UPDATED: Five Toppers have been arrested this offseason

Mugshot from former power forward and defensive end Kene Anyigbo’s arrest on April 7.

Herald Staff

Sophomore running back Leon Allen’s arrest early Sunday morning brought the tally of WKU football players that have come into trouble with the law this offseason up to five.

Allen was arrested Sunday morning for second-degree disorderly conduct. He was released at noon on a $300 bond and is set to appear in court on Aug. 27.

This was the latest arrest for the WKU football team.

Senior defensive end Kene Anyigbo, a former forward on the WKU basketball team, was charged on April 7 with possession of marijuana and tampering with physical evidence. He has transferred in the months since then.

Senior punter Hendrix Brakefield, WKU’s starting punter last season, was arrested on May 23 and charged with alcohol intoxication in a public place. He was released eight hours later.

Sophomore kicker Mike Mugler was arrested on June 29 at 3:35 a.m. and charged with alcohol intoxication in a public place, resisting arrest, second-degree disorderly conduct and menacing. He was released at 1:10 p.m. on a $1,000 bond.

Senior fullback Kadeem Jones became the fourth Topper to get arrested this summer on July 13, when he was charged with driving under the influence. He was released later that morning on a $588.85 bond and was set to appear in court on Monday.

Jones, Allen and Brakefield all play for WKU on scholarship. Mugler is a walk-on, while Anyigbo was at WKU on a basketball scholarship and had joined the football team for the first time less than a week before his arrest.

All four players that are still with the program practiced on Monday, the first official practice of Fall Camp, but both Coach Bobby Petrino and Athletics Director Todd Stewart said WKU is not done handling the situation.

Stewart spoke during Monday’s practice about the state of the team in the wake of the arrests.

“First and foremost, one (arrest) is too many,” he said. “It’s not something that we condone, it’s not something that I feel good about, I guarantee it’s not something that Coach Petrino feels good about or our program or our entire athletics department. That’s not anything that we condone.”

While he does not condone the actions of the players, Stewart went on to say that in the big picture, the three arrests of scholarship athletes pale in comparison to how many total scholarship players are on the team.

“If you look across the nation, three out of 85 – you’re talking four percent of our football players – had an off-the-field transgression that were on scholarship, and that’s probably a pretty favorable ratio nation-wide,” Stewart said. “Now I’d like it to be 100 percent, I think we all would, but you guys know 18 to 22-year olds don’t always show the best judgment in all walks of life, not just in football programs, but across the nation.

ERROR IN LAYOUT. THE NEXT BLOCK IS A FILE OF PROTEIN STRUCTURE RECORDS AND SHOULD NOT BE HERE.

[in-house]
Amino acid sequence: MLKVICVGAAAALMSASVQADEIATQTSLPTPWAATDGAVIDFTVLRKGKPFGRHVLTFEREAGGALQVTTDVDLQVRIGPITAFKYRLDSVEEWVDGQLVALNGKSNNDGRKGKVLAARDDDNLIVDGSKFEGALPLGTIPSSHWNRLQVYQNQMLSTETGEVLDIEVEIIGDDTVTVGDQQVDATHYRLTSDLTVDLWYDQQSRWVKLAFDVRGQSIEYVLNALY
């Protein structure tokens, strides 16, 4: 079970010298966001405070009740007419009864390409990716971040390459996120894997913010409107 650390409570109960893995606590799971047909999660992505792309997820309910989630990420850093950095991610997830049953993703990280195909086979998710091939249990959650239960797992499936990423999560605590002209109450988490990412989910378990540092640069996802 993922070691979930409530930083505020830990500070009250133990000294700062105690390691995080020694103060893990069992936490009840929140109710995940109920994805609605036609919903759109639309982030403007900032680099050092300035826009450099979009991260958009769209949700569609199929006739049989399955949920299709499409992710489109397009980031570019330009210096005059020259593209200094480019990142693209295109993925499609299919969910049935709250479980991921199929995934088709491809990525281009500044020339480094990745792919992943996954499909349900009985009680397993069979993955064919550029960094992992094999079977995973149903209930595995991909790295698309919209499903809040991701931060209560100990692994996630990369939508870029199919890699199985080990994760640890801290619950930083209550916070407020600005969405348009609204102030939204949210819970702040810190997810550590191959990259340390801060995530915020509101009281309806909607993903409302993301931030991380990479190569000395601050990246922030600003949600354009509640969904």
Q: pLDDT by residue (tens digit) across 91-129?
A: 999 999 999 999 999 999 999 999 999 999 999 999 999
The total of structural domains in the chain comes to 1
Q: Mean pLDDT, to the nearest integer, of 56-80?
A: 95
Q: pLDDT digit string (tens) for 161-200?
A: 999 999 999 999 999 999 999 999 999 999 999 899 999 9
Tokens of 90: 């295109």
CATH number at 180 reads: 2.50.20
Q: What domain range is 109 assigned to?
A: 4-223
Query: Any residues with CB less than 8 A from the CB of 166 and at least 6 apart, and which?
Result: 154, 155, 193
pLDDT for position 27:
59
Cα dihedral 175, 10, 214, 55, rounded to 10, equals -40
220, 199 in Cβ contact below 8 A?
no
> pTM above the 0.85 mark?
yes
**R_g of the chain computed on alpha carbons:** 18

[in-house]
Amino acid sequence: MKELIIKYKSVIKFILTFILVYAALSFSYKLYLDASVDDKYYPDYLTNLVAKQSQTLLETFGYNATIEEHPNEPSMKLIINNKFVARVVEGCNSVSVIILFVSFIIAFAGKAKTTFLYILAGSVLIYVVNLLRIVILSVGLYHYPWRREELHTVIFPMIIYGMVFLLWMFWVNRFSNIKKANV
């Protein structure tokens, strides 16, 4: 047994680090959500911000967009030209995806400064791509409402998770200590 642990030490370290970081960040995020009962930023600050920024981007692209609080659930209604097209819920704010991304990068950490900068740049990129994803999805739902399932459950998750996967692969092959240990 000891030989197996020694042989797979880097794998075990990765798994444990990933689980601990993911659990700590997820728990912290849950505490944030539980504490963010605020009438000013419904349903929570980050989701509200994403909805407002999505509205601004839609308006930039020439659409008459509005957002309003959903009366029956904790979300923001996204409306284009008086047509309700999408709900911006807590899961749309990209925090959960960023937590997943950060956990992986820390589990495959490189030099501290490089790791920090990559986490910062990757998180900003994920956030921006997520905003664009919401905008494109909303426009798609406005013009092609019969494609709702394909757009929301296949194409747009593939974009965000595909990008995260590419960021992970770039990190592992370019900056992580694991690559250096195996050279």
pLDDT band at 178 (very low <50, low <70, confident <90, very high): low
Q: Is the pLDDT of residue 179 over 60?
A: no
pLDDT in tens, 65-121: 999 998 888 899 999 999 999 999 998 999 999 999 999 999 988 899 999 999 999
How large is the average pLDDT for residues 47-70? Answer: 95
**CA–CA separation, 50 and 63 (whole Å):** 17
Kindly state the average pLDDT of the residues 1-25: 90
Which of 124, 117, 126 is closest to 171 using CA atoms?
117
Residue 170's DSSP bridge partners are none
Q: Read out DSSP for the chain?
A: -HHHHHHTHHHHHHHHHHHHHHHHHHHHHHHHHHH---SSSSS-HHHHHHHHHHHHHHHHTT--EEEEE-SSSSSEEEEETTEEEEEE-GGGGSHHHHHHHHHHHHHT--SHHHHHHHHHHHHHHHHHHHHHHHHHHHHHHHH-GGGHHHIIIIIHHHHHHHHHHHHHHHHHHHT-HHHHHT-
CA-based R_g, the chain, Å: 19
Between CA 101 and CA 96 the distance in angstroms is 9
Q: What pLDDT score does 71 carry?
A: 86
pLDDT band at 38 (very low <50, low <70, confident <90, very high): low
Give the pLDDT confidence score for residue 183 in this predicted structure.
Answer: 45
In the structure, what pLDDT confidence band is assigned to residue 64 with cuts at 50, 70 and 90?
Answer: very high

“We work with them every day and I think our guys do a terrific job, really, but every now and then somebody makes a mistake and that’s what happened in these cases and I think the important thing is that they learn from it and everybody else on our team learns from it and we move forward from it together.”

Petrino also talked about the arrests after Monday’s practice.

The coach said the arrests were troubling to him and he plans to continue to work with his players on how to conduct themselves off the field.

“There’s no doubt that that’s not something that we want in our program,” he said. “We’re going to continue to work hard at it, we’ve been trying to really have our players focus on what it means to be committed, what it means to be dedicated to your sport and your body and we’ve got some work to do. We’re going to work hard on it every day.”

Stewart said Petrino will handle the discipline of the players and he believes the coach will do what’s right for each situation.

“Coach Petrino will handle that, and he’s handling it all internally,” Stewart said. “It’s certainly something that I know he takes very seriously and he’ll address it. Each case is different, each situation is different, but he’ll handle them all in a way that he feels is best and I’m totally comfortable with that.”

Petrino said he plans to determine how to deal with the players in the coming weeks.

“There’s definitely some requirements that everyone’s going to have and things that they’re going to be asked to do,” he said. “We’ll see how they do and we’ll make a decision when the time comes.”